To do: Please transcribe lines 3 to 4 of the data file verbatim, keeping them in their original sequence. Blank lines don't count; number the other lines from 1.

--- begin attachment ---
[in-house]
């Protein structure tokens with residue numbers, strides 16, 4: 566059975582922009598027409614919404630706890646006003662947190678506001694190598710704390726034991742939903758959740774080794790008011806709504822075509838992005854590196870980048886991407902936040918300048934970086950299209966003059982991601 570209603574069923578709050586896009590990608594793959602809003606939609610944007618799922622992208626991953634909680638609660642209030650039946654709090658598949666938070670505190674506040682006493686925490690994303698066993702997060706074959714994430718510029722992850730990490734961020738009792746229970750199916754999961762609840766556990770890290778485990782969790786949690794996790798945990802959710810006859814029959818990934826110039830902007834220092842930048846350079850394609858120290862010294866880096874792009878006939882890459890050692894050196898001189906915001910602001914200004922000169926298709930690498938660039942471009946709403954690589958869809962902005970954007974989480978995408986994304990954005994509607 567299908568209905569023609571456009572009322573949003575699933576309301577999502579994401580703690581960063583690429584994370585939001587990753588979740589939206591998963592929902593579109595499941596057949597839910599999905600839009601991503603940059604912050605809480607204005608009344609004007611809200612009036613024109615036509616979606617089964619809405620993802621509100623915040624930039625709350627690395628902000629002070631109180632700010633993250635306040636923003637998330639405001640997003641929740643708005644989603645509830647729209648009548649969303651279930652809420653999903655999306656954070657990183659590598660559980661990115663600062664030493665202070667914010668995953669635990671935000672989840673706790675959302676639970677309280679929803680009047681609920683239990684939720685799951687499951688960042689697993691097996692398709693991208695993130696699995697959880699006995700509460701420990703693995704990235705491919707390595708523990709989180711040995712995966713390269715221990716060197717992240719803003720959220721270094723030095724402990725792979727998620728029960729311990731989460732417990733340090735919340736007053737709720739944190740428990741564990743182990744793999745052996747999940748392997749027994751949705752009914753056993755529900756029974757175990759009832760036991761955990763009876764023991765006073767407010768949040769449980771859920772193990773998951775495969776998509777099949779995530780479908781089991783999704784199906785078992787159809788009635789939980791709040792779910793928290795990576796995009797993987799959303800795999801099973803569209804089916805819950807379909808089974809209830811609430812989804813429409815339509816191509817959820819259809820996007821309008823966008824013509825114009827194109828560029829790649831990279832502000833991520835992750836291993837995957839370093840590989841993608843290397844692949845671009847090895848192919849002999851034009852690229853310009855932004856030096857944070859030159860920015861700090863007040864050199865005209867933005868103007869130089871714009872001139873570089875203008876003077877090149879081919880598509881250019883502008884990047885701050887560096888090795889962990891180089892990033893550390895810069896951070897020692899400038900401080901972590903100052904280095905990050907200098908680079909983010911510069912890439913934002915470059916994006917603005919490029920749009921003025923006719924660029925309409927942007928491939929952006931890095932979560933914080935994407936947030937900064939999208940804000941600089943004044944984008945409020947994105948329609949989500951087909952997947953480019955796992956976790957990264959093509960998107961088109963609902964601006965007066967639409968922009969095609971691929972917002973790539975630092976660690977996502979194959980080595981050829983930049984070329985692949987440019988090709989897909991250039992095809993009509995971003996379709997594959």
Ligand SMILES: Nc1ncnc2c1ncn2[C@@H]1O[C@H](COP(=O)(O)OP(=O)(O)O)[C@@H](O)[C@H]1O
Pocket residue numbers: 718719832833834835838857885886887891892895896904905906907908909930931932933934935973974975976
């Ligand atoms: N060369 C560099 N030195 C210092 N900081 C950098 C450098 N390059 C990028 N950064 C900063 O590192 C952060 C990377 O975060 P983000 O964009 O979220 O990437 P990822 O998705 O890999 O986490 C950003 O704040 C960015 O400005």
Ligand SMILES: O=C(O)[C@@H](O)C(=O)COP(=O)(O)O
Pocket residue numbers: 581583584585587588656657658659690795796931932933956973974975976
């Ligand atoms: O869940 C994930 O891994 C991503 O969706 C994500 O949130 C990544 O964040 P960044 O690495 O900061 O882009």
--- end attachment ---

Ligand SMILES: Nc1ncnc2c1ncn2[C@@H]1O[C@H](COP(=O)(O)OP(=O)(O)O)[C@@H](O)[C@H]1O
Pocket residue numbers: 718719832833834835838857885886887891892895896904905906907908909930931932933934935973974975976